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Chinese Sense of Sin - 1851

John Van Nest Talmage, missionary to South China.


John Van Nest Talmage was a missionary of the Reformed Church in America to China for forty-two years. In that time, he prepared a Chinese dictionary, translated numerous religious works into Chinese, wrote hymns, and planted missionary stations. His principal work was at Amoy. A humble man, he labored steadily and left a flourishing church behind him when illness finally compelled him to return to the United States. Today’s excerpt is from a letter he wrote to his brother, Goyn, on this day March 17, 1851.


“It is one of the most difficult truths to convey to their [i.e.: Chinese] minds that they are sinners against God. We have had a few inquirers who have expressed a deep sense of sinfulness. But this sense of sinfulness has come from hearing the Gospel. The way the most of those, whom we doubt not are true Christians, have been led on seems to be as follows: They hear the Gospel, presently they become convinced of its truth. Their first impulses then seem to be those of joy and gratitude. They are like men who were born blind, and had never mourned over their blindness, because they had no notion of the blessing of sight. Presently their eyes begin to be opened and they begin to see. They only think of the new blessings which they are receiving, not of the imperfections which still remain in their vision. A sense of these comes afterwards. Was not this sometimes the case in the days of the apostles? It was not so on the day of Pentecost. The multitude were ‘pricked in their hearts’ because the moment they were convinced that Jesus was the Christ they were filled with a sense of their wickedness in crucifying Him. So it is with persons in Christian lands when their minds become interested in the truth; they are made to feel their wickedness in so long resisting its influences. But the case seems to have been different when Philip first carried the Gospel to Samaria. The first effect there seems to have been that of ‘great joy.’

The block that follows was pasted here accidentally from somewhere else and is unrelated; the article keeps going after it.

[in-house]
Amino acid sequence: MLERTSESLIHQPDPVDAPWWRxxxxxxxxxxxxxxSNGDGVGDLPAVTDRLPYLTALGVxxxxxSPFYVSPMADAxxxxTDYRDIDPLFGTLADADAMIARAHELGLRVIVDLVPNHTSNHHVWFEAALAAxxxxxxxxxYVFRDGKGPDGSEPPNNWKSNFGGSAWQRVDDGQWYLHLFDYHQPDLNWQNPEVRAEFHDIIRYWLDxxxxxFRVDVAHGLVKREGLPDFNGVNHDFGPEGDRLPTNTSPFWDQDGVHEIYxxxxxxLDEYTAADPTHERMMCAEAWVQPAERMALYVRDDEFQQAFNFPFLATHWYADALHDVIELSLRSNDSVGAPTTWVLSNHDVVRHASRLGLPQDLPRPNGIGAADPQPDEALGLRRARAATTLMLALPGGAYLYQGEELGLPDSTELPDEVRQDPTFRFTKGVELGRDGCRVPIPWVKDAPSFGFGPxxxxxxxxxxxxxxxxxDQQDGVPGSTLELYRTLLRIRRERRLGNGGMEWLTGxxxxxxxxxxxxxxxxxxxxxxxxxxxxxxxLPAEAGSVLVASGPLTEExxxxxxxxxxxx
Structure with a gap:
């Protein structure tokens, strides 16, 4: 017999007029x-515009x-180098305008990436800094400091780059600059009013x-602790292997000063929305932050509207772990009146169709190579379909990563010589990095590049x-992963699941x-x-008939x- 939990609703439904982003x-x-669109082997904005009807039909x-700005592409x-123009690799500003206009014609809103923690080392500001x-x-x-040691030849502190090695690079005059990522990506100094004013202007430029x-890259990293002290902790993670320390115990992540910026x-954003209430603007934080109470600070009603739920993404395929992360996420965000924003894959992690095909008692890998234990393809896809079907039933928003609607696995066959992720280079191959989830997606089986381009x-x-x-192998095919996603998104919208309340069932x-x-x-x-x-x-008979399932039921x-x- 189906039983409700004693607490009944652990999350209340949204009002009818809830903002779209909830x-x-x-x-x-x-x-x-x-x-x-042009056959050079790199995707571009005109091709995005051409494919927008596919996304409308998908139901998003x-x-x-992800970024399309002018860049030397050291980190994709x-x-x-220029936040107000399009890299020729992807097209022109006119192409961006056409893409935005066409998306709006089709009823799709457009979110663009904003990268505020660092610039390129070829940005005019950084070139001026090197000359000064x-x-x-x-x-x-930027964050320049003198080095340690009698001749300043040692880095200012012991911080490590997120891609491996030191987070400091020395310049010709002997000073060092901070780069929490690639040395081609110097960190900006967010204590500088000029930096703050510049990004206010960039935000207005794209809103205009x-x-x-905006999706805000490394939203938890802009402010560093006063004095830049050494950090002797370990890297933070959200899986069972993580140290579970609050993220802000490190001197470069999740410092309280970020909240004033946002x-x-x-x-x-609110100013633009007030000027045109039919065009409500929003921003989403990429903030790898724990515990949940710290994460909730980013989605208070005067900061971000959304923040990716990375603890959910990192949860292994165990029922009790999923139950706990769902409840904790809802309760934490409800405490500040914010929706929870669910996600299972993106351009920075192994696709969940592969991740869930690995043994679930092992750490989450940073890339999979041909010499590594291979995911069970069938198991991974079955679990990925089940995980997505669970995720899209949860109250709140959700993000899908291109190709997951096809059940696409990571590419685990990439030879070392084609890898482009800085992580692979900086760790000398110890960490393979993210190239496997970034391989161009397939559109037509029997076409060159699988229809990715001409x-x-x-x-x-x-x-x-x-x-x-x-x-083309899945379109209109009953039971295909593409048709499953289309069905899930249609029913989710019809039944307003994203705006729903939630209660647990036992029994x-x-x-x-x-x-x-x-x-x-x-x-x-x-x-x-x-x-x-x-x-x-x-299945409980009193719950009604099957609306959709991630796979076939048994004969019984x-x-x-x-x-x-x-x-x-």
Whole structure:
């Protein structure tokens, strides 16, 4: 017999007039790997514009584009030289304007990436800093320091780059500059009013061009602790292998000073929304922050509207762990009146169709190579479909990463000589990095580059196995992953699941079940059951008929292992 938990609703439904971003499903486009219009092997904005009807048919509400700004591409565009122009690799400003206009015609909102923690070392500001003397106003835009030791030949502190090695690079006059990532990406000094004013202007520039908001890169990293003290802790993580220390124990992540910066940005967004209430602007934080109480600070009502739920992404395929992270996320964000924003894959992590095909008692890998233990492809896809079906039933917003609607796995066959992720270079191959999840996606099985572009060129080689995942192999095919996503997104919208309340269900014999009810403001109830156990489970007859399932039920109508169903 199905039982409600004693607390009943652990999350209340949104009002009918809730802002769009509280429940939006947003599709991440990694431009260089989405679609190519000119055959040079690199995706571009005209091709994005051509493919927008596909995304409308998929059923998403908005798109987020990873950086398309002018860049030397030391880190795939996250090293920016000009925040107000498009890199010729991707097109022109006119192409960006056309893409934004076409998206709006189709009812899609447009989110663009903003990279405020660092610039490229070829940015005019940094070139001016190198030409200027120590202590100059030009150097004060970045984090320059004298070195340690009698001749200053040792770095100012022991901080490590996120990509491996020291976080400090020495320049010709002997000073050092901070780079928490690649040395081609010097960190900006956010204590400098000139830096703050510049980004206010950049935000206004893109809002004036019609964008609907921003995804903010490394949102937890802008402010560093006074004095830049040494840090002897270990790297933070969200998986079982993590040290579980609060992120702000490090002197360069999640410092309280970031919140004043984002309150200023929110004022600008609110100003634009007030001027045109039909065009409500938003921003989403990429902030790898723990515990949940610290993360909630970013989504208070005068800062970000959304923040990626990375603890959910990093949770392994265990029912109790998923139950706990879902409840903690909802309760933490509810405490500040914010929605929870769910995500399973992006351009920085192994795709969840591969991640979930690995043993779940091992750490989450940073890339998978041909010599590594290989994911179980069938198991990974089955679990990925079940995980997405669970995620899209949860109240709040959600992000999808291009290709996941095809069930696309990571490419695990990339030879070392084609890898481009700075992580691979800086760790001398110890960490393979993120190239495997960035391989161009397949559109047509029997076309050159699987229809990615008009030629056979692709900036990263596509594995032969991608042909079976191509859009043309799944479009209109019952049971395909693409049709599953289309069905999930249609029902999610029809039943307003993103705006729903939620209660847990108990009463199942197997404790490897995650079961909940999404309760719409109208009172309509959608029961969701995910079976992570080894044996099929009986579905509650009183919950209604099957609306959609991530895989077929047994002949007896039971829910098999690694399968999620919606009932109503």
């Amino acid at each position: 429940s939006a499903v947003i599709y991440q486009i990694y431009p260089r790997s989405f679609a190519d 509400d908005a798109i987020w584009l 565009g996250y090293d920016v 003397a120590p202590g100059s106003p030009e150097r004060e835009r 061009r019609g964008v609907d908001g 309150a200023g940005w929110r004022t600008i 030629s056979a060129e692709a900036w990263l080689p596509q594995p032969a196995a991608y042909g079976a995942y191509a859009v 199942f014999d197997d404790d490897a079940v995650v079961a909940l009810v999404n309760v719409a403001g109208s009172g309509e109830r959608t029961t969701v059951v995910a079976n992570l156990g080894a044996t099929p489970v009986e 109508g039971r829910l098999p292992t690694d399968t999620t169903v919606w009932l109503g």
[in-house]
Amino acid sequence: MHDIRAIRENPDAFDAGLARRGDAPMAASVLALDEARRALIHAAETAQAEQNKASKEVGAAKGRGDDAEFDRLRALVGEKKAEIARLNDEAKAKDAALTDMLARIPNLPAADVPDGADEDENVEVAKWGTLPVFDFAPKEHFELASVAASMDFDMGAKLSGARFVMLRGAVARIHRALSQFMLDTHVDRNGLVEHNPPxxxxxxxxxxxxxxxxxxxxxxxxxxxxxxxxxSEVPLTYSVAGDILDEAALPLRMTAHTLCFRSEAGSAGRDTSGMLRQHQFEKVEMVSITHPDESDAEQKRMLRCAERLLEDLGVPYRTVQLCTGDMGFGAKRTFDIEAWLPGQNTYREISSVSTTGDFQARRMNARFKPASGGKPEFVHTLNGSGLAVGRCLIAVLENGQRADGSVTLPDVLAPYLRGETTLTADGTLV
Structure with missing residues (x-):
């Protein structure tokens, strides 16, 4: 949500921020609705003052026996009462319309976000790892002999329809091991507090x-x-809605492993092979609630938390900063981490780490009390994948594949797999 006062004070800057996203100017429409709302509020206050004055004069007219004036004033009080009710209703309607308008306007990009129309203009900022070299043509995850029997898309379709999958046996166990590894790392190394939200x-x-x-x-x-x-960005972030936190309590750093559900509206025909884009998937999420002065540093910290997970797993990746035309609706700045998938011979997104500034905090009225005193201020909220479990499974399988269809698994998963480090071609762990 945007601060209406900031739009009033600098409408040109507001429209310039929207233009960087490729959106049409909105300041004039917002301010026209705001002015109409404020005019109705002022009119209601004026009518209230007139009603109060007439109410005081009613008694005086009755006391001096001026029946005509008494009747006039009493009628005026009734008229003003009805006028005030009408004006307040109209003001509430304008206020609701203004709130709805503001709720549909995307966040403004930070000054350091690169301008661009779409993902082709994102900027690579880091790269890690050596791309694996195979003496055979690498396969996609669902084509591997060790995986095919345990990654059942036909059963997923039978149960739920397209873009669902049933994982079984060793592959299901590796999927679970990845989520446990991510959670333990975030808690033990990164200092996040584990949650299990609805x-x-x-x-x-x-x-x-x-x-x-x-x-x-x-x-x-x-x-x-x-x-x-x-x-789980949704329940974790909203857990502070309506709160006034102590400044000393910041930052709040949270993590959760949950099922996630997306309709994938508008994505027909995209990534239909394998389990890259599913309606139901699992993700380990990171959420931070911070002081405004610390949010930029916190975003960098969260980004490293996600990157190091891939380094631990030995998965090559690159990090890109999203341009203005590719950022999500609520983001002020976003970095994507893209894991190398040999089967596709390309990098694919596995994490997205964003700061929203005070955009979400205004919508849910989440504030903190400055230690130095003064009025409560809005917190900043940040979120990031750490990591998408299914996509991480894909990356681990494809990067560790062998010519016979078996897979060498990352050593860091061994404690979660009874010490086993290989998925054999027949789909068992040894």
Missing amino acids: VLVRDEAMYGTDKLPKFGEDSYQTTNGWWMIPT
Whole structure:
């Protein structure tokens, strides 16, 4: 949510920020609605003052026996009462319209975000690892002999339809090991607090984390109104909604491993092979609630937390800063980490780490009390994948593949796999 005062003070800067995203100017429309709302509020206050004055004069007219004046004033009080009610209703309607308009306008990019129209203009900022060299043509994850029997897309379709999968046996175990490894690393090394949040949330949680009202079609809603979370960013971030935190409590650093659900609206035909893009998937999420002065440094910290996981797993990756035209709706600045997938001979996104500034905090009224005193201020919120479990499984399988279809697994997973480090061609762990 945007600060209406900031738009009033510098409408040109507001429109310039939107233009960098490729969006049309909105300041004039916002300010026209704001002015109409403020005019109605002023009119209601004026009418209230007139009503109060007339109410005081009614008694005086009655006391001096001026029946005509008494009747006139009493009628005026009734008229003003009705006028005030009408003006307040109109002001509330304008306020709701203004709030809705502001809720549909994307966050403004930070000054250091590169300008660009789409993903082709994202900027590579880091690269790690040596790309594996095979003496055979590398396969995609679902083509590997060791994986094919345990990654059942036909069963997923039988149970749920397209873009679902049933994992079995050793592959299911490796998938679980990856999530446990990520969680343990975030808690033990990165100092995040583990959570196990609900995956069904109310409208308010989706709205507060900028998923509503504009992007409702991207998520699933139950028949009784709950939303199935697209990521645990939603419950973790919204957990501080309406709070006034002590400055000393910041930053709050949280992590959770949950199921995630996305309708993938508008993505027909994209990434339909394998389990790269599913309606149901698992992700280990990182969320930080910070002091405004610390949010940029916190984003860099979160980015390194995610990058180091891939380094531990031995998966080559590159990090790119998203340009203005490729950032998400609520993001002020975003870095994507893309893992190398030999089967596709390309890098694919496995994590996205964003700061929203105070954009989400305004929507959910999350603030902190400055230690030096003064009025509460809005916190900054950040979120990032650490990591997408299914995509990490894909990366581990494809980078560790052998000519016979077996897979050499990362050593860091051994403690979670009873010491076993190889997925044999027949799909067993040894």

“It seems to be thus in Amoy. The conviction of deep sinfulness comes by meditating on the Gospel, the work of Christ, etc….It is the doctrine of the cross of Christ, after all, which should be the theme of our discourses.”


Fagg, John Gerardus. Forty Years in South China: The Life of Rev. John Van Nest Talmage, D.D., 1894.

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